Clayton's Buttermilk Whole Wheat Bread

Since the breads I made most recently were both sourdough ryes, I was looking for something different this time around that would work well for sandwiches. My first inclination was to haul out an old favorite, a honey whole wheat bread. While flipping through Bernard Clayton's New Complete Book of Breads, I happened across a buttermilk whole wheat recipe that I had not tried previously. Since I had all of the necessary materials on hand, I thought that I would give it a try. The recipe follows [with my notes]. I'll also include additional comments at the end

Buttermilk Whole Wheat Bread

from Bernard Clayton's New Complete Book of Breads

makes 1 9"x5" or 2 8.5"x4.5" loaves

Ingredients

2 packages dry yeast [I used 2 teaspoons instant yeast]

3/4 cup warm water (105-115F)

1-1/4 cups buttermilk, room temperature (or 1-1/4 cups water and 4 tablespoons buttermilk powder)

1-1/2 cups bread flour, approximately

3 cups whole wheat flour, stone-ground preferred

1/4 cup shortening, room temperature

2 tablespoons brown sugar or molasses [I used molasses]

2 teaspoons baking powder

2 teaspoons salt

Step 1 - In a large mixing bowl sprinkle the yeast over the warm water and stir briefly to dissolve. Set aside while allowing the buttermilk to reach room temperature, about 15 minutes.

Step 2 - When at room temperature, pour the buttermilk, bread flour, 1 cup whole wheat flour, shortening, brown sugar or molasses, baking powder, and salt into the yeast mixture. Blend with 50 strong strokes of a wooden spoon, or at low speed in a mixer until the flour and the dry ingredients are absorbed. With a wooden spoon or mixer flat beater stir in the remaining whole wheat flour, 1/2 cup at a time, and, when it becomes thick, work with the fingers. Allow 4 to 5 minutes for the whole wheat flour to fully absorb the liquid before adding more flour. The dough will be slightly sticky and soft. You may wish to add more bread flour to help control the stickiness.

Step 3 - Sprinkle flour on the work surface and turn out the soft dough. In the early stages of kneading, a metal spatula or dough blade will help turn and fold the dough. It will also scrape up the film of dough from the work surface. Knead with a strong push-turn-fold action, occasionally lifting the dough above the counter and banging it down hard. Knead for 8 minutes, buy hand or with a dough hook.

Step 4 - There is no "first" rising--the dough is put in the pans and set aside to rise. Divide the 2 pieces, if desired, and allow to rest for 5 minutes. Shape into balls; press the balls into ovals the length of the pans. Fold in half lengthwise, pinch the seam, and place in the pans with the seam under. Push the dough into the corners of the pans. Cover the pans with with wax paper and leave at room temperature until the dough has risen 1" to 2" above the level of the pan, about 50 minutes. (Rising times will be reduced if using instant yeast.)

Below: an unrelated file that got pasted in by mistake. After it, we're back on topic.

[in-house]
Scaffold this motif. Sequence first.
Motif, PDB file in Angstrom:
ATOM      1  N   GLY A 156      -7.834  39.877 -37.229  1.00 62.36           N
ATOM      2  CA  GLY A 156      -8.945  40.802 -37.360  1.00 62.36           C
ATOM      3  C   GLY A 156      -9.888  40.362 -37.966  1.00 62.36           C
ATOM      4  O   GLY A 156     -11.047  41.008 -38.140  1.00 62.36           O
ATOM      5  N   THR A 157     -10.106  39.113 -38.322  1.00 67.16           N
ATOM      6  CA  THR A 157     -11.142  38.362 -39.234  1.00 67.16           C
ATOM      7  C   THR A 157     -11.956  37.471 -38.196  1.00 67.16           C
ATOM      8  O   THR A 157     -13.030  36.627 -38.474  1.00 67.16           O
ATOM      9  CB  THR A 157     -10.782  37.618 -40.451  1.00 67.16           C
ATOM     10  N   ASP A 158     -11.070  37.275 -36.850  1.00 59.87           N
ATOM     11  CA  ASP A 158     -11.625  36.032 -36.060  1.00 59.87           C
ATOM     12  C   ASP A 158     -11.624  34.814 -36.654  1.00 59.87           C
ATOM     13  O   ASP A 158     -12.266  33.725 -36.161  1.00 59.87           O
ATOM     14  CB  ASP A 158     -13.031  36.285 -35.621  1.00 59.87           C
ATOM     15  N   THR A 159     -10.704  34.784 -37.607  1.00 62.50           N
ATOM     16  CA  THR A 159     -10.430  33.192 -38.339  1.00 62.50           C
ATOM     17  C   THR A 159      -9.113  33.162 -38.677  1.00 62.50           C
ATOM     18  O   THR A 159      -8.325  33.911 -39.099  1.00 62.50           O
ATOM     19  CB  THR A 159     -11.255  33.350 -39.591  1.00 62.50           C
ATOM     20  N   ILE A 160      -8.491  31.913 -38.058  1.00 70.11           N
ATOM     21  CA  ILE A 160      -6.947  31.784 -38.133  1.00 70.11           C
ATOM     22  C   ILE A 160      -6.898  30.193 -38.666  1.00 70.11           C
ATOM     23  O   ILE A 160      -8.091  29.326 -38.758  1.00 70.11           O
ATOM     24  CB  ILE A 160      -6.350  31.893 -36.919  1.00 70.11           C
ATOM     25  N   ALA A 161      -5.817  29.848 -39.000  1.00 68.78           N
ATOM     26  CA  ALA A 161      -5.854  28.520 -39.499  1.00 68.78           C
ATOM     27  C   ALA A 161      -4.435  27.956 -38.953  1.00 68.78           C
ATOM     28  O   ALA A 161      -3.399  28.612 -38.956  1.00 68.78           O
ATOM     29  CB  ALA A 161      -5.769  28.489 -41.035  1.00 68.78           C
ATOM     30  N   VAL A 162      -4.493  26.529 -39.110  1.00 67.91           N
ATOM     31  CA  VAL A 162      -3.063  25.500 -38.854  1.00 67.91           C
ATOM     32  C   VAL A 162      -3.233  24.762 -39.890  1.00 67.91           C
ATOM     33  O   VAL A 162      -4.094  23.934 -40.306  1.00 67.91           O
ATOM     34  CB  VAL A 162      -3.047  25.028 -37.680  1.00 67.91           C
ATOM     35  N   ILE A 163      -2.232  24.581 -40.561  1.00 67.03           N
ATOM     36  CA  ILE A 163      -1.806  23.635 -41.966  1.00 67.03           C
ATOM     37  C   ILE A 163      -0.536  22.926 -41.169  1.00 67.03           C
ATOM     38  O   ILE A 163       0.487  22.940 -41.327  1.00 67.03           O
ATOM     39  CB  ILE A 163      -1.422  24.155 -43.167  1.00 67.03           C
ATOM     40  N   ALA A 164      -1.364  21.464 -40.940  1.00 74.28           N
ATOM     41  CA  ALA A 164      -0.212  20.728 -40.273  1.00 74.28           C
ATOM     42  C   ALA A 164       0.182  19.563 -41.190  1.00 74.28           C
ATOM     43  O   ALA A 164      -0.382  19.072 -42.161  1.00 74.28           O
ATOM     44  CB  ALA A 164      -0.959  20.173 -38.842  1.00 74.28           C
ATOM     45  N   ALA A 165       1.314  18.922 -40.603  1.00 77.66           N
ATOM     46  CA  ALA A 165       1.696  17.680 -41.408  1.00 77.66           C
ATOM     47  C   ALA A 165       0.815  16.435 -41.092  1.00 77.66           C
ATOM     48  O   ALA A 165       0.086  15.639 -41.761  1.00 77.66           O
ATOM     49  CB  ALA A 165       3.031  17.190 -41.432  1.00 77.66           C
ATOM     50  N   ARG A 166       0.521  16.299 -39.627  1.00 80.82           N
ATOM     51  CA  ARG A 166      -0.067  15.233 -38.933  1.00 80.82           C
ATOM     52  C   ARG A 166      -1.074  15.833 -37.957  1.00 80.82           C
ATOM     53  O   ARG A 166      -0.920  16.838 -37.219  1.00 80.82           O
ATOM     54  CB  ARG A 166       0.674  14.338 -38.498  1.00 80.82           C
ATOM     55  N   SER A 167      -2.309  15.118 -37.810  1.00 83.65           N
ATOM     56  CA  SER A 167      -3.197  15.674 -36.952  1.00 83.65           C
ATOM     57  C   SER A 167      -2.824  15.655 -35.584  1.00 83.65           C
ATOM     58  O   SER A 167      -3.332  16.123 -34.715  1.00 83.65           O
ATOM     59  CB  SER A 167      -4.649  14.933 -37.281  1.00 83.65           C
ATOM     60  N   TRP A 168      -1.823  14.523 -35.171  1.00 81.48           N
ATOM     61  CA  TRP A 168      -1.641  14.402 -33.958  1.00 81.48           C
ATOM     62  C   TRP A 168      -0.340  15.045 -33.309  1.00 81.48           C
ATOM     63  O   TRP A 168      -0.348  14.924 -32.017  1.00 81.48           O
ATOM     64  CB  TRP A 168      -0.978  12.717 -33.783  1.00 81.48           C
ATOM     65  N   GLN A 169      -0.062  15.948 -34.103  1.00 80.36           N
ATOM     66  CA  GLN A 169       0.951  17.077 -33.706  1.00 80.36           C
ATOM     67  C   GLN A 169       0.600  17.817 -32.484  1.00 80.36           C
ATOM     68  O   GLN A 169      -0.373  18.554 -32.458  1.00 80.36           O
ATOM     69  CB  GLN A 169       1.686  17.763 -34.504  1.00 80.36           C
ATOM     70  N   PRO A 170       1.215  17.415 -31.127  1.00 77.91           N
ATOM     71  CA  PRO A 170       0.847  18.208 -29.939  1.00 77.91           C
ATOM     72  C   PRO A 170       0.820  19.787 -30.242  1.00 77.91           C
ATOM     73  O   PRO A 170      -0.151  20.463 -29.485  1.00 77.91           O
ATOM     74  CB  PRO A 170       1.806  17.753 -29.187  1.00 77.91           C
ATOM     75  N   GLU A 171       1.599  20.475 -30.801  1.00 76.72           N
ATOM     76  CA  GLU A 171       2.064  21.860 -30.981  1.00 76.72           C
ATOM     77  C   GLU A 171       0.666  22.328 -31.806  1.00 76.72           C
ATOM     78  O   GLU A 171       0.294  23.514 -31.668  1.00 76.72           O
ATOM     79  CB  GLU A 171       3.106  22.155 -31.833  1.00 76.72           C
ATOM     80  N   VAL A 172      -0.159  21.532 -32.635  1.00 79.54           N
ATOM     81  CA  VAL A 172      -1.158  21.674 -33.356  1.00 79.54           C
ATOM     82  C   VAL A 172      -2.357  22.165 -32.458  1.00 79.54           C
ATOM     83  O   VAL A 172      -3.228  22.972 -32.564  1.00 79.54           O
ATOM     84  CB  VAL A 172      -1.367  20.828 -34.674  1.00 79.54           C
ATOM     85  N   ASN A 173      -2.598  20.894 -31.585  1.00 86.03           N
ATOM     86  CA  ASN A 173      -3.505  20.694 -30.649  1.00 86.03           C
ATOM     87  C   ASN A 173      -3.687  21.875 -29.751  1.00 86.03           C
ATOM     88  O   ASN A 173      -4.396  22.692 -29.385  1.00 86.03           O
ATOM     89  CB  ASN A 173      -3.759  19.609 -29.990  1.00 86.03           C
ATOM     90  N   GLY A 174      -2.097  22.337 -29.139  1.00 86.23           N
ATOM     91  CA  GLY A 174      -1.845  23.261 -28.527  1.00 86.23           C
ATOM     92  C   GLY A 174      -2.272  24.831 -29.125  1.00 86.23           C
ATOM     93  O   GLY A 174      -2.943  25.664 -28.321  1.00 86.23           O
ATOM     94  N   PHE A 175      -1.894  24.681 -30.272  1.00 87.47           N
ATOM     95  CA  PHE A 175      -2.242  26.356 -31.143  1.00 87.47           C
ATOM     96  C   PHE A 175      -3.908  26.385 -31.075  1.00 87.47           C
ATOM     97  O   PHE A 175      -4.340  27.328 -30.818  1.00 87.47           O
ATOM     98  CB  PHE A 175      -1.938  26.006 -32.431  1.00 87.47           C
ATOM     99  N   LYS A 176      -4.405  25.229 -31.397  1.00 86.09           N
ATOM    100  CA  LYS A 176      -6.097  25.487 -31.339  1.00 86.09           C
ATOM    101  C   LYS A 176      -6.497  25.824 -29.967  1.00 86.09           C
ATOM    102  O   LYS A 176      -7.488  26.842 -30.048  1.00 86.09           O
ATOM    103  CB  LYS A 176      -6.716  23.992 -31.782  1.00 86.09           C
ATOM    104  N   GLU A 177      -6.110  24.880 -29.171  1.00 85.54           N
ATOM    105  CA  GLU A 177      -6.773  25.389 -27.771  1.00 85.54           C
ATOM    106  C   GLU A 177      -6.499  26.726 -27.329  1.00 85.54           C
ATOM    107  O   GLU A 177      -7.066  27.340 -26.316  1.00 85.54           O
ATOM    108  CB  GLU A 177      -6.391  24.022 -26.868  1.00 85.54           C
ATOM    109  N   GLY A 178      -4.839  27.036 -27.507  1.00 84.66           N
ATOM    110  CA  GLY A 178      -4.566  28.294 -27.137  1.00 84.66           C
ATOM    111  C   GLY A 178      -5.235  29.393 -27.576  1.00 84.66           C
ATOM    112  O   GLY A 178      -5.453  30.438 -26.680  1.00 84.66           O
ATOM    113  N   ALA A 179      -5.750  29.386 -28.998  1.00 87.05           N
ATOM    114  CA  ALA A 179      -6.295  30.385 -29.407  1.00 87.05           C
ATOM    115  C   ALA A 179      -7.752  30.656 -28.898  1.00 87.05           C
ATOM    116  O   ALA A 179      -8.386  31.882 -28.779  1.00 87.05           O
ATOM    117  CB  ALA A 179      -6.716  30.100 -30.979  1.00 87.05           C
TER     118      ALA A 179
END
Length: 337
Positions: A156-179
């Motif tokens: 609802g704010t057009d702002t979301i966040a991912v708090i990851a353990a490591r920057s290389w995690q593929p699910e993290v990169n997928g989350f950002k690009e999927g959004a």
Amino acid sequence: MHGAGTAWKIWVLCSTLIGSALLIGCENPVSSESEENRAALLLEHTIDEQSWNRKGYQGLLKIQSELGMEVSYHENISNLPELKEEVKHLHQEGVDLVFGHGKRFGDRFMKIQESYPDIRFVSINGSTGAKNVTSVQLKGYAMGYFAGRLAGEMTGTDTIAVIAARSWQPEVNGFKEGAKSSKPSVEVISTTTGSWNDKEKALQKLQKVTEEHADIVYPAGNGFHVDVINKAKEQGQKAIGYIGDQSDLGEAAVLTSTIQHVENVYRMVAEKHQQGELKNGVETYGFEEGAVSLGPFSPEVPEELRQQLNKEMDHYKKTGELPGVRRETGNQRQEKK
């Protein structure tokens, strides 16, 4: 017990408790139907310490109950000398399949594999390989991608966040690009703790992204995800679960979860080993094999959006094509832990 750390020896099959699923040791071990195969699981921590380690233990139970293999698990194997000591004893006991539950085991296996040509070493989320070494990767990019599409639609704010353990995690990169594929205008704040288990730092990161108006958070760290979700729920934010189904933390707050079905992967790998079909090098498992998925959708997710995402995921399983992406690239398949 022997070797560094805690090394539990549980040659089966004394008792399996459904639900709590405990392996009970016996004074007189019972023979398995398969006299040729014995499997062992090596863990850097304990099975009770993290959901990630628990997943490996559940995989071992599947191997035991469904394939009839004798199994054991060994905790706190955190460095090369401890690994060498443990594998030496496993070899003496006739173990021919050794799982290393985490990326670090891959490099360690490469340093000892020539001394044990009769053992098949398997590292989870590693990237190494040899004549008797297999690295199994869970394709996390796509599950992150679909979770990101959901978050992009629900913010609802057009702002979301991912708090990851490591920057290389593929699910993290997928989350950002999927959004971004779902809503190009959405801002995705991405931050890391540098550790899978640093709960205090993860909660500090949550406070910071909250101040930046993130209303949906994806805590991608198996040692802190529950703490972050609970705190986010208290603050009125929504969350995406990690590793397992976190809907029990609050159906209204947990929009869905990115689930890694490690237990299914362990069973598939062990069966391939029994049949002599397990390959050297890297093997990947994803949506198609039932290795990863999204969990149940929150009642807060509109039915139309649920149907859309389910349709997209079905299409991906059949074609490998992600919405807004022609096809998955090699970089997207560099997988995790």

Step 5 - Preheat oven to 425F 20 minutes before baking.

Step 6 - Bake the loaf or loaves in the oven until they are golden brown and loose in the pans, about 30-35 minutes. Cover with foil if the crusts are browning to rapidly. The loaves are baked if the sound is hard and hollow when thumped on the bottom crust.

Step 7 - Remove loaves from the oven and place on wire racks to cool.

My variation went like this:

Step 1 - Mix the warm water, the buttermilk, the whole wheat flour, the brown sugar or molasses, and the baking powder. Autolyse 60 minutes. (I actually had to run some errands and it was closer to 90 minutes before I got back to the autolysed dough.)

Step 2 - Stir in the instant yeast.

Step 3 - Stir in the salt.

Step 4 - Stir in the shortening.

Step 5 - Stir in bread flour, 1/2 cup at a time. (I wound up stirring in 1 cup, total. The balance was used for flouring the counter during kneading.)

Step 6 - Since the gluten was so thoroughly developed during the autolyse, I stopped kneading after 5 minutes, which was enough to ensure that everything was completely blended and distributed.

Step 7 - Clean and grease the mixing bowl. Place kneaded dough in bowl, cover with plastic wrap, and allow to ferment at room temperature until doubled in volume.

Step 8 - Degas the dough slightly, shape into loaf or loaves, place in pan(s). Cover the pans loosely with with plastic wrap and leave at room temperature until the dough has risen 1" to 2" above the level of the pan, about 50 minutes.

Step 9 - Preheat oven to 425F 20 minutes before baking.

Step 10 - Bake the loaf or loaves in the oven until they are golden brown and loose in the pans, about 30-35 minutes. Cover with foil if the crusts are browning to rapidly. The loaves are baked if the sound is hard and hollow when thumped on the bottom crust.

Step 11 - Remove loaves from the oven and place on wire racks to cool.

The effects of the autolyse were phenomenal. The dough texture looked as though it had been worked for 8-10 minutes, even though it had been stirred just enough to moisten the dry ingredients. After stirring in the bread flour, it was almost the the silky smooth texture that I usually associate with a well-kneaded white bread. The other thing that I should mention was that I was using Wheat Montana's Bronze Chief flour, a finely milled high-protein whole wheat containing 4 grams of protein in a 30-gram sample. For all practical purposes, it's bread flour that still has the bran in it. One of these days I'll have to try a 100% whole wheat bread with this flour.

Overall, I'm very happy with the results of this bread, using this approach and this flour. The loaves were some of the prettiest that I've ever pulled out of the oven, equalling the loftiness of a typical white bread. Here's a picture of the finished loaves:

Buttermilk whole wheat loaves

The crumb was close-textured and even; not at all crumbly or dry. No bricks this time:

Buttermilk whole wheat crumb

Oh, and it tastes really good, too!

And, while I was baking bread, my wife was attending a book signing by Giada De Laurentiis, as evidenced by the photo below:

Giada

subfuscpersona's picture
subfuscpersona

should milk be scalded before using in bread dough?

Many recipes for loaf bread that use milk advise that the milk must first be scalded (brought just to the boil). (Then, of course, you have to wait for the milk to cool.) I remember reading an explanation that something in the milk can inhibit yeast growth and the heat somehow corrects this.